Are you friggin’ serious?
Yes, it’s absolutely true that addicts need to be very cautious around pain medication, especially narcotic pain meds as they are highly addictive and could lead to relapse. However, there are going to be times in most recovering addicts’ lives that they are going to need to take something stronger than aspirin. I have never heard of any addict having teeth extracted without any pain meds. It’s totally ridiculous. I don’t know what the author was trying to prove here, but it annoyed me so much.
If you want to research some great representations of addiction and alcoholism in movies and TV, I would really recommend Maggie Gyllenhaal in Sherrybaby. She captures the selfishness and self-absorption of an addict. Also check out the magnificent Helen Mirren in the last season of Prime Suspect. Her character slid into alcoholism, and she portrayed an addict’s inner misery and loneliness with spine-tingling accuracy.
There is, however, one fatal flaw in the representation of addiction in nearly all books and movies that is so far away from what really happens, it makes me want to scream. This flaw is that the addict/alcoholic is ‘saved’ from their disease by the love of a good man/woman. True love conquers all and they are able to slay their demons, overcome their problems, and stay sober because they have fallen in love.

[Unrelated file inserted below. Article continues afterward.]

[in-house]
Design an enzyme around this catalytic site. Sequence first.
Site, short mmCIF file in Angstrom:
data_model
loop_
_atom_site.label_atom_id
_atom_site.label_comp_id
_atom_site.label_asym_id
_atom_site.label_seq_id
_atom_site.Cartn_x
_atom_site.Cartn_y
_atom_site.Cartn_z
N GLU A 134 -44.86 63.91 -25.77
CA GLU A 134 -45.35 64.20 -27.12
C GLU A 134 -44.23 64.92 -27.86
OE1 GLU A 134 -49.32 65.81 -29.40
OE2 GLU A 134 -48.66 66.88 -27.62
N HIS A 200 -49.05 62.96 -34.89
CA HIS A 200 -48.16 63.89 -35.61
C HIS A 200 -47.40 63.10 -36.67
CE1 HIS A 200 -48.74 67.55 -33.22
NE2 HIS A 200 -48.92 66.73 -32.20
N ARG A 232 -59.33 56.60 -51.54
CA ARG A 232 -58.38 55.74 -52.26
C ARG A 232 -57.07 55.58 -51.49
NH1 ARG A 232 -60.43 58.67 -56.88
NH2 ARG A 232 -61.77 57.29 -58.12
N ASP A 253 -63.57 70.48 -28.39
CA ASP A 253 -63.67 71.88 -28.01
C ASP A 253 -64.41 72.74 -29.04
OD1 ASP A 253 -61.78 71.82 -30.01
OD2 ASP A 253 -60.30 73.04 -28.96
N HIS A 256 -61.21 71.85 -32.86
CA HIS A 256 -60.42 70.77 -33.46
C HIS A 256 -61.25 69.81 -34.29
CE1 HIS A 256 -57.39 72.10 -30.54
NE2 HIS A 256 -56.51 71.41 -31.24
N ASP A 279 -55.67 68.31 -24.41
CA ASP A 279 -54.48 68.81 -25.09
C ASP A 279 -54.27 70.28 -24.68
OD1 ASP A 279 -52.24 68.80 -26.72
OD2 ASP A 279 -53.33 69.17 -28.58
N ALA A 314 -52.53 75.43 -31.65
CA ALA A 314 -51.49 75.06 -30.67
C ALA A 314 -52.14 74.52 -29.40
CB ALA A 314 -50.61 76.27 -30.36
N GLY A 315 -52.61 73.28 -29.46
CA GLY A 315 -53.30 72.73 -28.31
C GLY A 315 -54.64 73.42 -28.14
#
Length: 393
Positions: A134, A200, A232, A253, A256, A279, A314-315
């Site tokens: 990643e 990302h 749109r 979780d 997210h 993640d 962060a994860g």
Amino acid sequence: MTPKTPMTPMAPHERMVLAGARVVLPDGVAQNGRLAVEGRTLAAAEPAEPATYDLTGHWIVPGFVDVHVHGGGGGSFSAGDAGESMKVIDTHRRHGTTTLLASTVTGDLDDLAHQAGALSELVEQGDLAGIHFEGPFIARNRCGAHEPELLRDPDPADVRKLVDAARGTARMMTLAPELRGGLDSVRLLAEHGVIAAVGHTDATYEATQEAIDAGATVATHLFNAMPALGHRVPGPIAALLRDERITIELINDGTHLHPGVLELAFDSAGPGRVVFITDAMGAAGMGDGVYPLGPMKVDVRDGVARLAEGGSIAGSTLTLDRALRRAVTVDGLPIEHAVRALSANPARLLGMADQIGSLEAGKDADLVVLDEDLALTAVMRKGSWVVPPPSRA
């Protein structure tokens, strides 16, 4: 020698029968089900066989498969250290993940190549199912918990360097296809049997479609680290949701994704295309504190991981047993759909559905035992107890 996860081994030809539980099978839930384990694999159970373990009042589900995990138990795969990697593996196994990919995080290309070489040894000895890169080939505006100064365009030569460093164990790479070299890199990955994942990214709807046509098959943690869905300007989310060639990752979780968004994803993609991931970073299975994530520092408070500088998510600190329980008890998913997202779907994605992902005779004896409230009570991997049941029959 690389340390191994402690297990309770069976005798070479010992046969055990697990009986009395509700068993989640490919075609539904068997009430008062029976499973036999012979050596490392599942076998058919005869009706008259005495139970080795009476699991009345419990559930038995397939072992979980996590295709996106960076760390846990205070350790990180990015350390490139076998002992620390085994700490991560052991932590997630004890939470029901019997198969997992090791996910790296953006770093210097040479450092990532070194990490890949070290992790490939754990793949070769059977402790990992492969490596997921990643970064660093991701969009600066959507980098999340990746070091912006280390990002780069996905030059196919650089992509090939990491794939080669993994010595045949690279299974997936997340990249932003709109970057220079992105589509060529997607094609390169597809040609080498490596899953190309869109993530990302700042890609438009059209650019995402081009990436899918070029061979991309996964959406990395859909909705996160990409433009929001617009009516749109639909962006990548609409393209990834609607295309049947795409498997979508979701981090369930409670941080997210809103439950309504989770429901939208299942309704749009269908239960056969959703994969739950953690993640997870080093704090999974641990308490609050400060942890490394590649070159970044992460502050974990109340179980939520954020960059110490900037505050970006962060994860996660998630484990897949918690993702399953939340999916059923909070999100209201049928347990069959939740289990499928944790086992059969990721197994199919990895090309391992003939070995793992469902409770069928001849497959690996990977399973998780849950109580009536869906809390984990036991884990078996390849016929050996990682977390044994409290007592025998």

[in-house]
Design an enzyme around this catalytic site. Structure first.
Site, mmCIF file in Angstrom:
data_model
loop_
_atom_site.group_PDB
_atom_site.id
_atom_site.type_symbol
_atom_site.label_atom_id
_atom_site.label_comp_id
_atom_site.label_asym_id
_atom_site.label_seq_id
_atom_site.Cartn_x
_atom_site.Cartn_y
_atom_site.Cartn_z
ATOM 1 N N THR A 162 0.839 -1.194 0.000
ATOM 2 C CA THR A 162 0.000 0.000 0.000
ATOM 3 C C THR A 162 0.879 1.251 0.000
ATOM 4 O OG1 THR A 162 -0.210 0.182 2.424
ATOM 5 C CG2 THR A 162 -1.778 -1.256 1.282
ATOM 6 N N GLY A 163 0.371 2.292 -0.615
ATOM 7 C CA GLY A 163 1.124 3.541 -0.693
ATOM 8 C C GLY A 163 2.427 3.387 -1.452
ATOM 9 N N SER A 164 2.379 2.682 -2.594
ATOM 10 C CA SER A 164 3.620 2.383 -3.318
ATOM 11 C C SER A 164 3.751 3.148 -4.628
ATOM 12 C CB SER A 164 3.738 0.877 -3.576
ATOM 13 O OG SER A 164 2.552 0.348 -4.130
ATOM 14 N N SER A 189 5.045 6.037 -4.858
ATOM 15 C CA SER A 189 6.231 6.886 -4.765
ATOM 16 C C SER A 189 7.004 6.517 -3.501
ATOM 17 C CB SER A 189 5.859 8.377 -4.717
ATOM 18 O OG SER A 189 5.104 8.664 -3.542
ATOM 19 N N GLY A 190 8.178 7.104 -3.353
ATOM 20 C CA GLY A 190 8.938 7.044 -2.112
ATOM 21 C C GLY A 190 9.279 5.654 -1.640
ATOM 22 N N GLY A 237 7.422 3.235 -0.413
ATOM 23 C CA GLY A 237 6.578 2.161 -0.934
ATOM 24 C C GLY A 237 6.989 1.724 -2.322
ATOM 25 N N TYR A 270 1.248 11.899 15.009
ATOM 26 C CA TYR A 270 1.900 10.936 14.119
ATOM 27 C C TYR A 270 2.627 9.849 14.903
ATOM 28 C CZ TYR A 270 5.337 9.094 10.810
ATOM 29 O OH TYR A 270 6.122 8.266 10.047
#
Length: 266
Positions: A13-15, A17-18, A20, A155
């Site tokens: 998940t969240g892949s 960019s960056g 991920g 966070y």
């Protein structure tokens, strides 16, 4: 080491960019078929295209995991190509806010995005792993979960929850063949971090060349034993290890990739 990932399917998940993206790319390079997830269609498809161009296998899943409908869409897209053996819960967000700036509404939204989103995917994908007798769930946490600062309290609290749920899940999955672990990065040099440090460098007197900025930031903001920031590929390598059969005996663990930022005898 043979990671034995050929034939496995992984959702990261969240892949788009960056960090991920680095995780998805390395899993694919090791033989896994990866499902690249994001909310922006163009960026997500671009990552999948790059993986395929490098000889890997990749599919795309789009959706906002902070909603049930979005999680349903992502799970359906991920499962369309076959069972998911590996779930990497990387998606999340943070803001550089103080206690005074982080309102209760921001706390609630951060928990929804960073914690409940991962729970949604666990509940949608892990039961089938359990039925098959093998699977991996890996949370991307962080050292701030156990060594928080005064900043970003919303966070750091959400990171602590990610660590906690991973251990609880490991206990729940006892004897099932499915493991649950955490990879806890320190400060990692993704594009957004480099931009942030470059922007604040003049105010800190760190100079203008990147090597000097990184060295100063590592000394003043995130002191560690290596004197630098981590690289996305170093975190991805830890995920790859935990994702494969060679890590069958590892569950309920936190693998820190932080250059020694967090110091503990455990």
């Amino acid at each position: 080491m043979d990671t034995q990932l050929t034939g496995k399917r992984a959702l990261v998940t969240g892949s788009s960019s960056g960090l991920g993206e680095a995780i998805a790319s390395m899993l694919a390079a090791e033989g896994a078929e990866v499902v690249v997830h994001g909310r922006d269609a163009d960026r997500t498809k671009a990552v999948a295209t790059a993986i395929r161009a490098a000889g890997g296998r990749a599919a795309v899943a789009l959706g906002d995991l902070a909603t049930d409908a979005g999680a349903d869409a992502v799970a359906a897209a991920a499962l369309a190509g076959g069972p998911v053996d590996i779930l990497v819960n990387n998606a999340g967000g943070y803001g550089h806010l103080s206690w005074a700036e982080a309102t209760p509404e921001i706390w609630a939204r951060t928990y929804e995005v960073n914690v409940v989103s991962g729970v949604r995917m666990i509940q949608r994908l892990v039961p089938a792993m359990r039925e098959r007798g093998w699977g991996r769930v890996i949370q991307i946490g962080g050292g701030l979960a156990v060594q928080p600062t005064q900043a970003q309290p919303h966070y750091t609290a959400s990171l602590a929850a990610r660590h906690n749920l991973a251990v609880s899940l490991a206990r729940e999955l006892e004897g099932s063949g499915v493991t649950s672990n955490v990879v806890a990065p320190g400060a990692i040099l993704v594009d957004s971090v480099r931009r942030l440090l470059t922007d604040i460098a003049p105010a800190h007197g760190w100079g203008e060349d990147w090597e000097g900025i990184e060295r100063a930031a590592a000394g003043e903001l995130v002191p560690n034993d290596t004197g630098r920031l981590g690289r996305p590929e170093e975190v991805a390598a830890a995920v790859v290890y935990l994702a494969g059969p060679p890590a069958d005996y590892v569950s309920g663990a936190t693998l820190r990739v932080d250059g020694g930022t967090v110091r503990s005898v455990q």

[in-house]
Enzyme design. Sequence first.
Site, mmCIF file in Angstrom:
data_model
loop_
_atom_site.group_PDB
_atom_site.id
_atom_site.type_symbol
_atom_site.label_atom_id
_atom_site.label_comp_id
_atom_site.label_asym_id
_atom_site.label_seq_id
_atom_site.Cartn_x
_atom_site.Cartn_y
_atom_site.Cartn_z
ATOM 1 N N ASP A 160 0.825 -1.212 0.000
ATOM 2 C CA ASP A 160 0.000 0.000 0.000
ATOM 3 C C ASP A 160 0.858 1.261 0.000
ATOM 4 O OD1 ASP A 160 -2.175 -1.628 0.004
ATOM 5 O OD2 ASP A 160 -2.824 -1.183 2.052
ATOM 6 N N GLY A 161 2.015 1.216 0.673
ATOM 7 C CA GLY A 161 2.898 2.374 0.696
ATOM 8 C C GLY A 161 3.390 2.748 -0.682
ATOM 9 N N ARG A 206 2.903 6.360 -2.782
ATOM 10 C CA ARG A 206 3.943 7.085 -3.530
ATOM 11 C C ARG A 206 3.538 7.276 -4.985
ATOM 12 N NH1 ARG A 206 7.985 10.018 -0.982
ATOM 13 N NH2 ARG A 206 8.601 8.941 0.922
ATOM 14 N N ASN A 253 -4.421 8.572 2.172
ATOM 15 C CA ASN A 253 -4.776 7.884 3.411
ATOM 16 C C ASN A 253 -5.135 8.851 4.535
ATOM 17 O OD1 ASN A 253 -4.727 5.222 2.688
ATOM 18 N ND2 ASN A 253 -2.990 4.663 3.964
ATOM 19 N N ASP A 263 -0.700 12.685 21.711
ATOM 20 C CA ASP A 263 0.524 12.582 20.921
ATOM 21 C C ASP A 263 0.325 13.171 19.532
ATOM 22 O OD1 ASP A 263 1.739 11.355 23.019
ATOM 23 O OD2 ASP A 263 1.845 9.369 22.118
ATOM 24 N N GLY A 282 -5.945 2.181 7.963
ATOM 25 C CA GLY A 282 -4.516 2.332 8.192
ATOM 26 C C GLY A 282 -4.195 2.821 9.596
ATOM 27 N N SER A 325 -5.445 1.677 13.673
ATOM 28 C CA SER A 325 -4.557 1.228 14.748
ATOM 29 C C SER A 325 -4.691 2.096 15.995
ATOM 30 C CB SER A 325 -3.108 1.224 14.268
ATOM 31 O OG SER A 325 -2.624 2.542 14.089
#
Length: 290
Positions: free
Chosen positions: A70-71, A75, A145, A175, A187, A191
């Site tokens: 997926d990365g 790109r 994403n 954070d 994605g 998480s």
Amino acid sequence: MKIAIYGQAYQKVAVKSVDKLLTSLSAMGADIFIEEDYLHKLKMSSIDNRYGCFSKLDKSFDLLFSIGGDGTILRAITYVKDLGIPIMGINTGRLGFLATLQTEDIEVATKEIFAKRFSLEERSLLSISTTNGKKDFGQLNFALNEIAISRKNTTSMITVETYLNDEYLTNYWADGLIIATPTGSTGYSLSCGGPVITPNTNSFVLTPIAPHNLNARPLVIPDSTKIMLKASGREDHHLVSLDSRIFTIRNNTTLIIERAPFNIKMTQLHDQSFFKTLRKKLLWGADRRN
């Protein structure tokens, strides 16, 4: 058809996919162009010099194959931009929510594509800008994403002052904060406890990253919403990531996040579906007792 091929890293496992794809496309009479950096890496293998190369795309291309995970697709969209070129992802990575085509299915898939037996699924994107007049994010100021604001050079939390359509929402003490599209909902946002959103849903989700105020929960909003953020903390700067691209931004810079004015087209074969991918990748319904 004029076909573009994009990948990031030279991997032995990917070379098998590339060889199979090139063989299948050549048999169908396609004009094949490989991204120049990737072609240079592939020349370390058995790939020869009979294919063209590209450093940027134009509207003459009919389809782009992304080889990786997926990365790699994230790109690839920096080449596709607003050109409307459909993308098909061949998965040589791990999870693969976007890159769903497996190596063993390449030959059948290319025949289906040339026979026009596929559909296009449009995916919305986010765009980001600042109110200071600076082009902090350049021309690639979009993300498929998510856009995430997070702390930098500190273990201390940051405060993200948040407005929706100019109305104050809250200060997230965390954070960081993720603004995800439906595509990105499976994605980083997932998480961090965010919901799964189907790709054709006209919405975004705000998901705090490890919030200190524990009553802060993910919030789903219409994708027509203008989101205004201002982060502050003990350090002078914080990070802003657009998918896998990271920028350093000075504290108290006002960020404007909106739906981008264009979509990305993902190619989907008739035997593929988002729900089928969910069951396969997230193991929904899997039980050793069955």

This never happens. Ever.
For sure, recovering addicts and alcoholics hook up with each other and with sober people (who usually promise to save them) all the time. It is one of the things that, as a therapist in a rehab, you are constantly having to deal with. Because it is always, and I mean always, a spectacular disaster that nearly always ends up with the addict relapsing.
Romantic relationships are very tricky for alcoholics and addicts. In early days (and sometimes beyond) we are very insecure and sensitive and have extremely low self-esteem. Can you imagine what a recipe that is for disaster?
When an alcoholic or addict gets sober, they are without the one thing that offered them safety and security. Alcohol and drugs were always there for them; they never let them down. Alcoholics and addicts primarily use substances and alcohol because it changes how they feel. Or, to be more accurate, they use them to take away any uncomfortable, painful or unpleasant feelings. Sure, they also use substances to enhance positive feelings, but the main point is that addicts and alcoholics have no control over their internal emotional lives and therefore have to use external means.